The BFI Flipside disc of Voice Over includes Monger’s previous feature Repeater as a bonus item. Made for three-quarters the budget of the other film (with that miniscule budget encompassing a quick trip to Paris as well), but also only three-quarters its duration; the DVD slick describes it as a French New Wave-influenced “deconstructed crime thriller”, which sounds ominous but there’s a certain degree of wit to the telling of… whatever the hell’s going on. In the DVD booklet, Monger describes Voice Over as being like a “regular” film, implying that Repeater wasn’t. And, well, it’s not; although Monger also notes that neither he nor his cohorts ever went to film school as such, the film has the overall feeling of some sort of student project, like the work of someone who’s only just heard about Brechtian alienation and is determined to try it out for himself. Accordingly, Repeater kind of revels in its own You-Are-Watching-A-Film artifice; it’s difficult viewing but in a different way to Voice Over‘s grotty naturalism. Simple enough story: a woman walks into a police station and confesses to murdering a man who actually committed suicide; meanwhile, next door another detective (Alexei Sayle in apparently his screen debut) is hassling a suspected hitman. The two leave together, and she hires him for a special job. I can imagine this irritating the hell out of people—you do kind of have to be open to the possibility of experimental cinema being a valid form, which I know many people are not—and even at just 75 minutes it’s still too long, but I think I still liked it better than Voice Over (which, at 108 minutes, was in vastly greater need of tightening up); and unlike that film, which probably did suffer from inadequate resources, it seems kind of right that Repeater should’ve been a seven and a half grand cheapie, it was exactly the right way to do it.

Kill List (2011)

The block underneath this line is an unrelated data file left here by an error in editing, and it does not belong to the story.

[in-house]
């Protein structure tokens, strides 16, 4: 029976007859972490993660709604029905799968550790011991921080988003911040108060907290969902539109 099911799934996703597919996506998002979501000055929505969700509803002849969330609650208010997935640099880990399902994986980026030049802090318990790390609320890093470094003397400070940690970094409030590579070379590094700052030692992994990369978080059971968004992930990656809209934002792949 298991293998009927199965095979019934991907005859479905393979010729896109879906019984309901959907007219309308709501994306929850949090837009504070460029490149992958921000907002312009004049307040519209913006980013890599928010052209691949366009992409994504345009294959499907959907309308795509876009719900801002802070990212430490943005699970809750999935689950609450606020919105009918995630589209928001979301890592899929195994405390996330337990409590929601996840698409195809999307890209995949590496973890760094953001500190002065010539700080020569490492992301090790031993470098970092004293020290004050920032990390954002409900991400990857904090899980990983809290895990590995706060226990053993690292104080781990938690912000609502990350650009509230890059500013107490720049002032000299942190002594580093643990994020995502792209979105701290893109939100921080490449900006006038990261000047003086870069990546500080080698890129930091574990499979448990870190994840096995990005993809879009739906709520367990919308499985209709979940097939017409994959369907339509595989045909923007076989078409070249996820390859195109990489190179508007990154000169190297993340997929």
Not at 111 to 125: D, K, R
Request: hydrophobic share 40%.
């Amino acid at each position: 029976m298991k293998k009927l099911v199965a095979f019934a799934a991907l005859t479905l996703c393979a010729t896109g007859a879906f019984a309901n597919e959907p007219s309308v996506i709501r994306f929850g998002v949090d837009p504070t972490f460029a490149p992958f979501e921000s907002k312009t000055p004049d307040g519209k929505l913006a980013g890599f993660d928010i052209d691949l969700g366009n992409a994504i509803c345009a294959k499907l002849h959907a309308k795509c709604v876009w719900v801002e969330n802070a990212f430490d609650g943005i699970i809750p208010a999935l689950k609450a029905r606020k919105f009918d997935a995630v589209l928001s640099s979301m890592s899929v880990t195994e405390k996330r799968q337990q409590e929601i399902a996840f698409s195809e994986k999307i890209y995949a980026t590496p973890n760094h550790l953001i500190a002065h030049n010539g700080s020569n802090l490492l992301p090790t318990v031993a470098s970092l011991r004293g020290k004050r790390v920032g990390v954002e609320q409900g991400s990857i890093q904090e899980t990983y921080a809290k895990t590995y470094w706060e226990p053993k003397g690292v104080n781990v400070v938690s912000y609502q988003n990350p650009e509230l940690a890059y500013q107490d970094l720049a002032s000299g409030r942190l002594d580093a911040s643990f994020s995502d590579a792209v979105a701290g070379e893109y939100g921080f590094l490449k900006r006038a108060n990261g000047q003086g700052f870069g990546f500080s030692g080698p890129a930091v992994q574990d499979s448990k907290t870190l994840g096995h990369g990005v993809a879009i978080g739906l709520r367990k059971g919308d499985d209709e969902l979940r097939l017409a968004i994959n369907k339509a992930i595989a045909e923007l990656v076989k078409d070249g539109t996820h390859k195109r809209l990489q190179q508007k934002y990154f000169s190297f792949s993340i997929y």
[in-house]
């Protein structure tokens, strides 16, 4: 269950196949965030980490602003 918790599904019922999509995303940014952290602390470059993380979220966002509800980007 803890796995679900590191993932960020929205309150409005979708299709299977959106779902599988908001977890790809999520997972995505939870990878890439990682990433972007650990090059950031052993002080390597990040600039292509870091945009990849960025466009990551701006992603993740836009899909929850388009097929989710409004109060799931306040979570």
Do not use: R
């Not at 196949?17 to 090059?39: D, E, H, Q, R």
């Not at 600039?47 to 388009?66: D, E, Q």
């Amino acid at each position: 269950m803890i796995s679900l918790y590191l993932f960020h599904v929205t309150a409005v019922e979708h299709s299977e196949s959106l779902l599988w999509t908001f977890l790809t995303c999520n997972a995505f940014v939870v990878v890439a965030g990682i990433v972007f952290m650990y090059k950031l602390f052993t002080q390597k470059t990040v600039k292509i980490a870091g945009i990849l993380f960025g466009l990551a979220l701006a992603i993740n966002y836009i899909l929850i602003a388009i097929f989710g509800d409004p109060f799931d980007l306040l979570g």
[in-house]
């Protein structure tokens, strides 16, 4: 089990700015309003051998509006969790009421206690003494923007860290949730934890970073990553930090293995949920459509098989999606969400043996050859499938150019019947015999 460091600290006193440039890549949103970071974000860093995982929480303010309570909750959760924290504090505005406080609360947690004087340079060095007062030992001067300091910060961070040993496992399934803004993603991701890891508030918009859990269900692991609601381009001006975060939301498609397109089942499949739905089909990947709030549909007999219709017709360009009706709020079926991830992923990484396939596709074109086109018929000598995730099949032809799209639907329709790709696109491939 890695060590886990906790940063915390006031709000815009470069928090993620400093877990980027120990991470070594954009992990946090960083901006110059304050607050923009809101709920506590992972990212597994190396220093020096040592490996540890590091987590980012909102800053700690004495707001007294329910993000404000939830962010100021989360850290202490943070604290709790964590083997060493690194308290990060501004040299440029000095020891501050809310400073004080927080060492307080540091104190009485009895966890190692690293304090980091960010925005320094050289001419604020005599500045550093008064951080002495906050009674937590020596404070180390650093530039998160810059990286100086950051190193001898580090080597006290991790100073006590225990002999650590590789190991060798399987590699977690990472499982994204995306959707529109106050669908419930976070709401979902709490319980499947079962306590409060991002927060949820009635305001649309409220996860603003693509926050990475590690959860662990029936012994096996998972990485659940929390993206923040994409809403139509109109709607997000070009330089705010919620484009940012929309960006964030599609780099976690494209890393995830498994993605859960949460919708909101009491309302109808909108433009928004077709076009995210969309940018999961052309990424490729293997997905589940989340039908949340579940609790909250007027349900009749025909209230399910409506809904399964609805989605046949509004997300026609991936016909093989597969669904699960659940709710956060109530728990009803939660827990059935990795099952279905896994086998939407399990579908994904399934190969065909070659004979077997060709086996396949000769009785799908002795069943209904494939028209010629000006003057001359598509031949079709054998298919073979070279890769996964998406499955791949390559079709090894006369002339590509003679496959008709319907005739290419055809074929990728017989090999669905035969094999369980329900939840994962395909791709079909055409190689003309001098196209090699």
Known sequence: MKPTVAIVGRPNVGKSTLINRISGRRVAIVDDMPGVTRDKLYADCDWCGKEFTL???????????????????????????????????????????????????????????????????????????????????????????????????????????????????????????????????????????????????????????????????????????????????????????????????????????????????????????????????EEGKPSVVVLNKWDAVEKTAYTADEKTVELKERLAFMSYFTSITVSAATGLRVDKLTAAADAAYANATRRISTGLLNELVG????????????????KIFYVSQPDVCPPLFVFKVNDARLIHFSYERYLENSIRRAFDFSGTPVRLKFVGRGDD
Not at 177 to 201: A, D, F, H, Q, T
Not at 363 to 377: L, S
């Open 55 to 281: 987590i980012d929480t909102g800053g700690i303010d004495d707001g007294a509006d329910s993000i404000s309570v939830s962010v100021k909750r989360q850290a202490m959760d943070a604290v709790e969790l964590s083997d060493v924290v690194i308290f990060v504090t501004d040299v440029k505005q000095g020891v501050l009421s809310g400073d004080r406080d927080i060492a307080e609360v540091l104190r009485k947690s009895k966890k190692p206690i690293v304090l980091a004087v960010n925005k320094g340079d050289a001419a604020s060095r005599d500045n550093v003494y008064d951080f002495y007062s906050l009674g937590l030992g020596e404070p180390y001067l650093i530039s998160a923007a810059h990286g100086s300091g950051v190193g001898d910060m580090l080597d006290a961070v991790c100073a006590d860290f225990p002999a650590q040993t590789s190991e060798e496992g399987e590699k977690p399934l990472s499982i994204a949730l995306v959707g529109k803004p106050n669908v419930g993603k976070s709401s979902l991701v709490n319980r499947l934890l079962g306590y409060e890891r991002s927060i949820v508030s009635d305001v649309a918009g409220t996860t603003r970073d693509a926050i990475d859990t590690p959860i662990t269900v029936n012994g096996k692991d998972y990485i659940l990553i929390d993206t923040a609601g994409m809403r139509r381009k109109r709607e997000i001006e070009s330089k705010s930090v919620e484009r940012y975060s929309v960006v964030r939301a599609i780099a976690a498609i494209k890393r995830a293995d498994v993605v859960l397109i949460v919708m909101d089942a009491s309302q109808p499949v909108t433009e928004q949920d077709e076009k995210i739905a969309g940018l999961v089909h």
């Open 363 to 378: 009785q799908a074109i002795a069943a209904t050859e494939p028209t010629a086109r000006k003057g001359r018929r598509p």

Director: Ben Wheatley

I can’t remember now why I picked this up, I must’ve seen praise for it somewhere that inspired me to shell out for it; anyway, it’s been sitting on the shelf for a while and the recent news that Ben Wheatley’s been signed to direct the first episodes of the next series of Doctor Who inspired me to take it down and watch it. I am baffled as hell as a result. In fact, I don’t think I’ve been as perplexed by what the fuck is going on in a horror film—albeit one that only really reveals itself as being one in the last 20 minutes or so—since A Tale of Two Sisters… It was quite instructive watching this after going through all the Lewton films, which John Carpenter famously dismissed for being too vague and suggestive and not explicit enough. He’d have no such issues with this film, which is unquestionably blunt when it comes to showing violence; where it stays vague, however, is the not exactly minor consideration of what it’s supposed to mean. I mean, yeah, broadly the narrative is clear: two former soldiers turned hitmen embark upon a job to kill certain people as ordered by a nameless client, which seems straightforward enough, except that as it goes on it starts to become less so… although not until the last third of the film do they (and we) realise just how fucked things actually are. I see many comparisons between this and the “folk horror” films of the late 60s/early 70s, particularly The Wicker Man; what that film has that I never felt this one did is a sense of events in the narrative actually adding up to something. That “what the fuck just happened” aspect to the latter part of the film, what it means and just how (or even if) the business earlier in the film relates to it and all that, seems to be the sticking point with quite a few critics I’ve read online; there are interpretations that make sense, but I don’t think I would’ve drawn them myself, at least not from one viewing, I just didn’t think the film offered me enough to work on. What Kill List does well is the relationship between Jay and Gal, our two dubious “heroes”; Michael Smiley—apparently much better known as a comedian—is particularly good as the latter (he seems to have been a particularly gifted improviser on set). I suspect it might make more sense on a repeat viewing, but otherwise I’m not sure I actually feel inclined to give the film that much attention. Maybe once will do.